It is sometimes hard to believe how fast and how far the region fell. In the spring of 2008, less than 18 months ago, the unemployment rate in the Seattle-Bellevue-Everett area was only 4.4 percent. It is now more than double that. The Department of Employment Security chronicled some other key figures:

  • About 475,000 residents will have received unemployment benefits in 2009, compared to 290,000 in 2008. That makes 2009 a record year.
  • The state will pay out nearly $4 billion in unemployment benefits in 2009 compared with $725 million in 2007.
  • The unemployment rate, at 9.5 percent in December, is the highest since the recession in the early 1980s. Washington'ꀙs peak unemployment rate was 12.2 percent in November 1982. Is this the current peak? Don'ꀙt count on it.
  • The total number of unemployed workers in Washington reached an all-time high in March, at 344,000, and only those actively seeking work were counted. Anyone who wanted to work but had quit looking was not included.
  • This is new territory for many. The state found that 58 percent of the people on unemployment have been first-time claimants, compared to 48 percent during the two years preceding the recession.

The fallout from this Great Recession may last for some time. Take personal income. It is a key economic measure of the economy — think of it as fuel for the economy. It includes salaries, earnings by small businesses, rents, dividends, interest, transfer payments from the government, almost every source of income. The government tracks personal income with a lag but estimates it on a quarterly basis at the state level.

Personal income began slipping in the fourth quarter of 2008 and fell sharply in the first quarter of 2009, according to the Bureau of Economic Statistics. Figures for the third quarter of 2009, released in December, showed personal income at $279 billion, still below the third quarter in 2008 when it stood at $283.2 billion.

Washington'ꀙs total personal income growth is likely to be negative in 2009 for the first time since 1949, according to the state Economic and Revenue Forecast Council. Conway put the decline in personal income for the year at 1.8 percent. He forecast only modest growth of 3.3 percent for this year.

Inflation will not be a worry in 2010. Local inflation tends to grow faster than the national level when the local economy is strong and slower when it is weak. That'ꀙs what happened here with strong inflation in 2006, 2007 and 2008. In July 2008, Seattle had the highest inflation rate in the country, tied with Dallas at 5.8 percent.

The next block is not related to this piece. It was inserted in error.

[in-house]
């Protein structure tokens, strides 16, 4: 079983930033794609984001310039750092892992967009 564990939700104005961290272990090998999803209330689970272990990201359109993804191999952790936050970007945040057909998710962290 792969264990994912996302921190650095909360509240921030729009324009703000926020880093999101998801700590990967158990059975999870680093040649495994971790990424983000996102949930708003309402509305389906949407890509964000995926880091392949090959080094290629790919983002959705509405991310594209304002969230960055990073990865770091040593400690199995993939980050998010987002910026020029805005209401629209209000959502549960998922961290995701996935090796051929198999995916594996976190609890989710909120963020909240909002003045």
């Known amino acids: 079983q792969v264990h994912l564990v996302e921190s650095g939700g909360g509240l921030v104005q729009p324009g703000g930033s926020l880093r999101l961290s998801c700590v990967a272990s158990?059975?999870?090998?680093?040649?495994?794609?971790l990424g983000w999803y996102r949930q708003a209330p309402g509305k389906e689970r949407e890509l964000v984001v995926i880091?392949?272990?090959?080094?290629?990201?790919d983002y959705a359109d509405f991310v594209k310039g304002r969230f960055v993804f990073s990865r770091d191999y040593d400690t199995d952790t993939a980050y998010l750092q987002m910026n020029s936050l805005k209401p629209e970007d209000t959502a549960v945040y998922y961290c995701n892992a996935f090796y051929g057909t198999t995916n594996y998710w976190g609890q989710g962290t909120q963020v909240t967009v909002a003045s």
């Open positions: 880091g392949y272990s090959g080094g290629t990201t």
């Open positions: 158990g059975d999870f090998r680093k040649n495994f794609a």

It slowed in 2009 as the weak economy and flat housing costs held down increases. The Bureau of Labor Statistics reported that consumer prices in the Seattle-Tacoma-Bremerton area decreased 0.4 percent for the two months ending October 2009 due to lower prices for housing and food and beverages. From October 2008 to October 2009, overall prices barely increased, inching up 0.2 percent.

So what'ꀙs ahead for the Puget Sound region? The region likely will not begin to show positive growth until the second half of the year and even then the growth will be slow at best. Most see another year of job losses: Conway sees a drop of 0.8 percent, and the Blue Chip Economic Forecast at Arizona State University put the loss at 0.2 percent.

Several factors continue to be a drag on the economy. A Seattle Times story on Tuesday about soaring downtown office vacancies shows the commercial real estate market is a long way from health. Home prices are down and expected to continue to drop in 2010. The national unemployment rate will remain at or near double digits; more than 7 million workers lost their jobs in the recession and it will take a while for them to find new work.

Still several factors are positive for the region. It is home to several strong companies, including Microsoft and Amazon, as mentioned earlier. It is a port city that looks to Asia — and Asia is coming back stronger than many parts of the world. It has a concentration of high-tech workers, the so-called knowledge workers so coveted by other regions. It'ꀙs also a great place to live with all the outdoor advantages nearby.

But the saying goes: Quality of life begins with a good job. If history is any guide, eventually there will be a rebound here. But the coming year might be hard: There likely won'ꀙt be real sustained growth until 2011.


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About the Authors & Contributors

Stephen H. Dunphy

Stephen H. Dunphy

Stephen H. Dunphy writes on business and economic issues for Crosscut. He was a business editor and columnist for a number of years at The Seattle Times.